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About the organisation

Eastside Community Heritage

Eastside Community Heritage was established in 1993 as part of the Stratford City Challenge community history project. IN 1997 Eastside became an independent charity. Over the years Eastside has worked on numerous projects documenting the lives of ordinary people from, and who live in, East London. In 1999 Eastside Community Heritage established the East London People’s Archive which now holds over 1000 oral histories, thousands of photographs and video material, all preserved and archived for public benefit.

Aims:

• To inform people through the provision of heritage and cultural based activities such as exhibition, publications, dramas, workshops etc.

• To empower individuals and groups to access the resources to write, to rewrite, record and present their own histories and that of the local area and community

• To promote civic pride through active participation and involvement in community affairs

• To promote greater harmony and understanding of interracial and intergenerational experiences through historical explorations

• To celebrate the cultures and heritage of East London’s diverse communities

• To provide independent historical, social research and evaluation

Application deadline: 
Monday, 6 May 2019

Help fight for peace!

Eastside Community Heritage has been documenting the hidden histories of East London’s marginalised communities for over twenty years.

We need volunteers to help us carry out oral history interviews with campaigners involved in the anti-war and nuclear disarmament movements.

We’re looking for anyone passionate about history and with an interest in community activism. Volunteers will be given training in oral history methods and media creation, and gain experience in community outreach and archiving.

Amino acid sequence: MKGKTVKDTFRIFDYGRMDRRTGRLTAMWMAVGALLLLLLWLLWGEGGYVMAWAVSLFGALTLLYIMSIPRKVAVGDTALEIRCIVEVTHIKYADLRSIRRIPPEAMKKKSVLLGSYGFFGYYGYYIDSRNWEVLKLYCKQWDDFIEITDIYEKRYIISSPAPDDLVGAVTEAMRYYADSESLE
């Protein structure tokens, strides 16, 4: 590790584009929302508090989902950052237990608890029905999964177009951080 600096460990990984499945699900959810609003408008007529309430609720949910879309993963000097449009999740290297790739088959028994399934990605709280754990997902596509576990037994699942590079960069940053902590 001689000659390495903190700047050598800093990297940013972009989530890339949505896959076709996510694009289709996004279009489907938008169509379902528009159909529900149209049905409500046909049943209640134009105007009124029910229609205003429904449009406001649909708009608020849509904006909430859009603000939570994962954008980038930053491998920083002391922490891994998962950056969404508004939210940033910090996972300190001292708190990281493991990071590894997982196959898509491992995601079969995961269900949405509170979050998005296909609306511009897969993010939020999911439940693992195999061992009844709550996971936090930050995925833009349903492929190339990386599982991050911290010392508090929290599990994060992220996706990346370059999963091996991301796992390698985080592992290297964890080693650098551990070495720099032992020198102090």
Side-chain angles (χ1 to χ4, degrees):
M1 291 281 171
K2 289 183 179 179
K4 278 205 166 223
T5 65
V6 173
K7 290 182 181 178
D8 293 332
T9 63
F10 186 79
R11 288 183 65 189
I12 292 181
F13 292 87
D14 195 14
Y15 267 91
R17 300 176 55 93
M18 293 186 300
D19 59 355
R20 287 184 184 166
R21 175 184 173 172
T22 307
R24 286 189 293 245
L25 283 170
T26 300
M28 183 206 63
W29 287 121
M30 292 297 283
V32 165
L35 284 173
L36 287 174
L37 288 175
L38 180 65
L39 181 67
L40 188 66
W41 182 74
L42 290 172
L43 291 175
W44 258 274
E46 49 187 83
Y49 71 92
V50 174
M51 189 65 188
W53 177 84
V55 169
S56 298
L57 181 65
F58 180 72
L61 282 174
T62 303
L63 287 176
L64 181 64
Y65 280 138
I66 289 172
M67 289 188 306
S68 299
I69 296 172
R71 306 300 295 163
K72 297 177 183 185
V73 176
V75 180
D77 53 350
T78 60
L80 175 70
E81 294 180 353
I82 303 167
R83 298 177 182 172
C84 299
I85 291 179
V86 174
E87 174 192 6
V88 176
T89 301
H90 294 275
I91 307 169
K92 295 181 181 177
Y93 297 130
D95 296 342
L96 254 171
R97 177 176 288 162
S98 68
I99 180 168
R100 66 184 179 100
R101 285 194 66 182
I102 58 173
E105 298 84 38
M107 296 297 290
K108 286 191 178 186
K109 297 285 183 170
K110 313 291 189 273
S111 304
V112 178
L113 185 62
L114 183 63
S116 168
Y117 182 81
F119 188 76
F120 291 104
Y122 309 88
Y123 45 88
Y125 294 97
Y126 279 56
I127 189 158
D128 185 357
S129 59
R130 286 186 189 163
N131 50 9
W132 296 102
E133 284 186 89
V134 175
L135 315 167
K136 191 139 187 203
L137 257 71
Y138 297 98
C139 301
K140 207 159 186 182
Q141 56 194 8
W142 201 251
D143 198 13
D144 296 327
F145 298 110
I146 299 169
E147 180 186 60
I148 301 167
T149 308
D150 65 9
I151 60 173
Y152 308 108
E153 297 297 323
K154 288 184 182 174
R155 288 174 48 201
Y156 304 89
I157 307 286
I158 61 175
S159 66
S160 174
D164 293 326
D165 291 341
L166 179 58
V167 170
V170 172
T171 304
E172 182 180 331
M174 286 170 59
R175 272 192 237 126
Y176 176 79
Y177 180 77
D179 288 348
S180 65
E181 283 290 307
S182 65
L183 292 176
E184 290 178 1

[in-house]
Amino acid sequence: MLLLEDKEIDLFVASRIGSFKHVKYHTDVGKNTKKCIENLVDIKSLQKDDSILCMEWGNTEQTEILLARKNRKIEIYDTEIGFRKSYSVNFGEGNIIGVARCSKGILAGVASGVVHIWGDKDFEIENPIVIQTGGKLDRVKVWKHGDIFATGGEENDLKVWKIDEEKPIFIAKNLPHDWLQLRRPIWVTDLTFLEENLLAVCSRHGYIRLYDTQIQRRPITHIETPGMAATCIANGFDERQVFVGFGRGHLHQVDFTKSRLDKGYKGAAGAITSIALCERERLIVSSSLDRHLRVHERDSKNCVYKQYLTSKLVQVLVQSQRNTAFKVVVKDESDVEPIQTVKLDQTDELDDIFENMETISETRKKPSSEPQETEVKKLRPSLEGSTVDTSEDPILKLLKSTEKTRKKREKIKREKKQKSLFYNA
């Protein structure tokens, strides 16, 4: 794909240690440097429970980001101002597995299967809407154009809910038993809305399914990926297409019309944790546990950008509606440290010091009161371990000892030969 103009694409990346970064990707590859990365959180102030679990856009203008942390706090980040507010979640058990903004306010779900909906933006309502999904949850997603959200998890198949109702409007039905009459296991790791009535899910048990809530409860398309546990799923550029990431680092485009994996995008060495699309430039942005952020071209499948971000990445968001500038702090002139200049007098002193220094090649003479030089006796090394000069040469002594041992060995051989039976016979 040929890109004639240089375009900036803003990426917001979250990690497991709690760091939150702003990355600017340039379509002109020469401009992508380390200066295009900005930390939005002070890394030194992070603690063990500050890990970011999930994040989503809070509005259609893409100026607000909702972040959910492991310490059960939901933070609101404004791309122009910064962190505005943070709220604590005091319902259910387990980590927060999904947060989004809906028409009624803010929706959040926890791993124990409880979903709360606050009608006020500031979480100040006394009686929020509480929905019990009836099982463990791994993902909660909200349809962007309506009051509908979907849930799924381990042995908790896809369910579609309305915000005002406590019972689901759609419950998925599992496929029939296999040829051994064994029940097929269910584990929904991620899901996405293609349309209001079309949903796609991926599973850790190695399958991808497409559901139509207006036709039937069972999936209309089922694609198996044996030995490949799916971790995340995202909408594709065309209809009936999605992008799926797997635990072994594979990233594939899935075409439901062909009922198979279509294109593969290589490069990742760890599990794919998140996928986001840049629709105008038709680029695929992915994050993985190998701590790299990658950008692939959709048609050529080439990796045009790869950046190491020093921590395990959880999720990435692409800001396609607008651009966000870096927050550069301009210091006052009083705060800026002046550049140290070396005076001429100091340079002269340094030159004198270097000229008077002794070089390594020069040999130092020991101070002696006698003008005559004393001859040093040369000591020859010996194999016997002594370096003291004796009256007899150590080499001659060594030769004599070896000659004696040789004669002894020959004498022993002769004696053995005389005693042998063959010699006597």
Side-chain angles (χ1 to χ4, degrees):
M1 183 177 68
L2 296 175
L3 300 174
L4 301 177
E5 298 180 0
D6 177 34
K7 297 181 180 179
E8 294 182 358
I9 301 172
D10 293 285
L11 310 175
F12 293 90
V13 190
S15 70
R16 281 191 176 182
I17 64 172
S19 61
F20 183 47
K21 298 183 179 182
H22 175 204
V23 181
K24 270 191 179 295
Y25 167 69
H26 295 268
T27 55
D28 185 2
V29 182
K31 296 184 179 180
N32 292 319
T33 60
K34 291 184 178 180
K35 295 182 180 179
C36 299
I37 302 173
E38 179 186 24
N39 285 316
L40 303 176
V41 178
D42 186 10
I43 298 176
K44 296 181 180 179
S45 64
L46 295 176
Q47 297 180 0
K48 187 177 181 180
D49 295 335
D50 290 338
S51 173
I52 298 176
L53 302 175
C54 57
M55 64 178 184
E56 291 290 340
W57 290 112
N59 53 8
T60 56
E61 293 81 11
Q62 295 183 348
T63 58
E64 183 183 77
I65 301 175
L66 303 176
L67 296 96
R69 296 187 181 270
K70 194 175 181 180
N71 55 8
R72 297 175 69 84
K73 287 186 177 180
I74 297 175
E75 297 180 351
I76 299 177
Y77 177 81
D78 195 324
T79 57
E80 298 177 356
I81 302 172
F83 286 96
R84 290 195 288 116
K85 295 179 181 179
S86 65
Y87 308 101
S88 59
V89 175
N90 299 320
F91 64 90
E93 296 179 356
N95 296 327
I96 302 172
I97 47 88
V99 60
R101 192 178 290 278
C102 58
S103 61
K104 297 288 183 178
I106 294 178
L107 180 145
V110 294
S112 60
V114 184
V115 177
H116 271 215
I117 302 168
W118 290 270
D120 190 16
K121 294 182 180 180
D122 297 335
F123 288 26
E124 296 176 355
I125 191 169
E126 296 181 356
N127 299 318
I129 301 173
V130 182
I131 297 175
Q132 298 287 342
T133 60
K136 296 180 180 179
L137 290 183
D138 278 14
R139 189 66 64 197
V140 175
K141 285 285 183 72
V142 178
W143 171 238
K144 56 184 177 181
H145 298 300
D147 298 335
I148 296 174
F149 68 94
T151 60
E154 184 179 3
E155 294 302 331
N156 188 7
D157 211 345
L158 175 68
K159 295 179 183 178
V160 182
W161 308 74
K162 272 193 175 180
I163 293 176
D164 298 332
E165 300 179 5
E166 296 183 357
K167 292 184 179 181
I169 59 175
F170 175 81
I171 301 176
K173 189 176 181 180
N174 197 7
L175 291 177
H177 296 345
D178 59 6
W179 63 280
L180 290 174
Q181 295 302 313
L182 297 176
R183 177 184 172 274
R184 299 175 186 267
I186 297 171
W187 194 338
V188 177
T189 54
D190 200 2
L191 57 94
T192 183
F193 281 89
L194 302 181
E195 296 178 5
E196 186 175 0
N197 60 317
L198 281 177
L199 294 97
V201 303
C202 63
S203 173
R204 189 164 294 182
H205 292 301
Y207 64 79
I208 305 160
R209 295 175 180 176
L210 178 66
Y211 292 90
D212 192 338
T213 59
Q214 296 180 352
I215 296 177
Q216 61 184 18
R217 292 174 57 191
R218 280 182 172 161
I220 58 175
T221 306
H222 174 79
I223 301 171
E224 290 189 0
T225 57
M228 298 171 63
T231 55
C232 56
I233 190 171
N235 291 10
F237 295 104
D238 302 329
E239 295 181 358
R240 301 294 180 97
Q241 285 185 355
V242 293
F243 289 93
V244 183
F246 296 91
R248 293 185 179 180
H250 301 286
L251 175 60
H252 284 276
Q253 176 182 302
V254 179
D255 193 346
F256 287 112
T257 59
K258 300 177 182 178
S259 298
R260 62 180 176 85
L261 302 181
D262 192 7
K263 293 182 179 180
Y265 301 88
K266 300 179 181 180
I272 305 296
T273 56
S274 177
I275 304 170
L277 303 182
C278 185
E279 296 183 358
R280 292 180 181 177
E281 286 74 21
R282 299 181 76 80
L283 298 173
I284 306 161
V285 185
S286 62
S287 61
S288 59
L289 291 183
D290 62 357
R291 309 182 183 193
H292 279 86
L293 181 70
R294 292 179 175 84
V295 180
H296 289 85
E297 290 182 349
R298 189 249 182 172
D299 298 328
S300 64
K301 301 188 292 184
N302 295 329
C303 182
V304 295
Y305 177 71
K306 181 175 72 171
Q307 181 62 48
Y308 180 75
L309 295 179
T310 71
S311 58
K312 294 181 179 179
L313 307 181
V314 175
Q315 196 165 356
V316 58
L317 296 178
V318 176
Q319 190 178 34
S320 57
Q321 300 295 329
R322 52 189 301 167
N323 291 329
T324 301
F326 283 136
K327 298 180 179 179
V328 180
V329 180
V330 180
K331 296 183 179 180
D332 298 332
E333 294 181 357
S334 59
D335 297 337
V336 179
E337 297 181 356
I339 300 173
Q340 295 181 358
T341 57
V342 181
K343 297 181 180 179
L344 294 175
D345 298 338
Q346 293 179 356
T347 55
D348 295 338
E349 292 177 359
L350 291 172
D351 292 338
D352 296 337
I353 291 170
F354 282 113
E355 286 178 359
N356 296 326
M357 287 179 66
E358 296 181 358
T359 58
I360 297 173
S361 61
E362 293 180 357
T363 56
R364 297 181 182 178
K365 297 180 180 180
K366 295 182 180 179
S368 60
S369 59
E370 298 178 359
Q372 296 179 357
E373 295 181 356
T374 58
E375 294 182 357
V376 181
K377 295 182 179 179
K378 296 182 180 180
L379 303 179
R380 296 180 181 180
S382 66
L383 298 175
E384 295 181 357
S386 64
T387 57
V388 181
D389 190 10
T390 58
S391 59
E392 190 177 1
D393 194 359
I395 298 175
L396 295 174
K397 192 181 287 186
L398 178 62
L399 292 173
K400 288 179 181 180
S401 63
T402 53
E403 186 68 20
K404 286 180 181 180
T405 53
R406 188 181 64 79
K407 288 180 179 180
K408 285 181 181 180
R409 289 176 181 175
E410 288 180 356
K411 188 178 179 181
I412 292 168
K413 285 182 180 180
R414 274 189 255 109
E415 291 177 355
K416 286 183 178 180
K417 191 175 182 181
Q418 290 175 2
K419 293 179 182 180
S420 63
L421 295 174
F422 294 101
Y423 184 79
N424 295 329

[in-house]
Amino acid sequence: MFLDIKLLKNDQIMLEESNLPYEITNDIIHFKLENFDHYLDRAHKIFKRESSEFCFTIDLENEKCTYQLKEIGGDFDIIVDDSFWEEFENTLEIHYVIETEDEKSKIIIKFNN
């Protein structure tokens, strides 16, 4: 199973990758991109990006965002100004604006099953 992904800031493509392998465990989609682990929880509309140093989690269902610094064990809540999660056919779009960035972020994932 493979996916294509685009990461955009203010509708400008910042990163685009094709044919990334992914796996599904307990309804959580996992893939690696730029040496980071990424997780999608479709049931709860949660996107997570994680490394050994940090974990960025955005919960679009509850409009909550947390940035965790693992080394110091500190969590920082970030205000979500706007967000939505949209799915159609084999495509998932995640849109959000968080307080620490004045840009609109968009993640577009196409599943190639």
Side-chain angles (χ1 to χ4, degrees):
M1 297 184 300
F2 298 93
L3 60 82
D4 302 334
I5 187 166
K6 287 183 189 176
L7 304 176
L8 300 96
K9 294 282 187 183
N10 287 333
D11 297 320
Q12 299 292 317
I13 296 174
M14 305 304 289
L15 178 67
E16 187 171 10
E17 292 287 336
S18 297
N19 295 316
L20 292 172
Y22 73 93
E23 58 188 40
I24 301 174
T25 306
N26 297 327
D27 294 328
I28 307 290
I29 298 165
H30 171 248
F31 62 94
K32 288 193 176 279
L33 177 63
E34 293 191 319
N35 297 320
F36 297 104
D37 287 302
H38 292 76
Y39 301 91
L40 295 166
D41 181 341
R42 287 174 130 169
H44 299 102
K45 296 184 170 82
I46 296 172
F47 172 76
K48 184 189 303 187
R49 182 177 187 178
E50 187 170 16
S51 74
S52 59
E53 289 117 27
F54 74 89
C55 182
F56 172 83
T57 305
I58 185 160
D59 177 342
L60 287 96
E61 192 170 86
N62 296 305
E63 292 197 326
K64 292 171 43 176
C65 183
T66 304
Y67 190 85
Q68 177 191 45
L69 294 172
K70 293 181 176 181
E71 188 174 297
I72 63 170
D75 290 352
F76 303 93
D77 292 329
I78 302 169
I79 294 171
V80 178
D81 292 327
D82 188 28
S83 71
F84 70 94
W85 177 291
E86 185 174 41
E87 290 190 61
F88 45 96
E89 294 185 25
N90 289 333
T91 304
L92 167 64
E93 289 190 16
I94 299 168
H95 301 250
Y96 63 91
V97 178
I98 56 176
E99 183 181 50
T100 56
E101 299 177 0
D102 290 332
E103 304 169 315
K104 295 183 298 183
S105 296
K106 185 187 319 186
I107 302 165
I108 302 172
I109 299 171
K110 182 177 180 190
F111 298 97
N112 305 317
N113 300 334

This is a fantastic opportunity to record previously unheard stories, and use creative media to share their important message.

Role Aim: 

‘Not On Our Watch’ is a new oral history project to document and celebrate the 50th anniversary of the Tower Hamlets branch of the Campaign for Nuclear Disarmament (THCND). We will tie the experiences of members in to the wider anti-war movement in East London, focussing on current opposition to the biennial DSEI arms fair held in the Excel Centre in the former docklands of Newham. This will enable us to create a new archive collection charting public attitudes to conflict and how neo-liberalism and the ‘end of history’ has affected use and access to London’s post-industrial landscape.

Duties: 

Volunteers will take part in training in oral history interviewing and methodologies of reminiscence, and archival maintenance and digital media creation. Volunteers will visit museums and archives to conduct research in preparation for conducting oral history interviews. After these interviews have been carried out, volunteers will enter them in to the Hidden Histories Archive, and use them as the basis for creating a variety of engaging and accessible media. At the end of the project volunteers will give summative feedback on the process, as well as accessing formal and informal supervision throughout the project.

Skills needed: 

Writing, time management, interpersonal, interest in history, some media skills advantageous

Training: 

Oral history, archive (CALM), digital media.

Location: 
Ilford
Time commitment: 
1-3 hours per week
Opening times: 
Days to be confirmed due to volunteer availability. Apart from set training sessions, museum visits, and supervisions, work hours will be flexible and can take place off-site.

Once you’ve registered interest in this volunteering role, we’ll send your name and UCL email address to the organisation for their records. You’ll also receive information about the next steps to take if you do wish to take things forward. The organisation has signed up to our code of standards, which includes a commitment to protecting your data. We won’t share your information with anyone unless you’ve given explicit consent to. We’ll also retain your details so we can follow up to see how you’re getting on with your volunteering and offer support if necessary. We take good care of your data – you can see full details here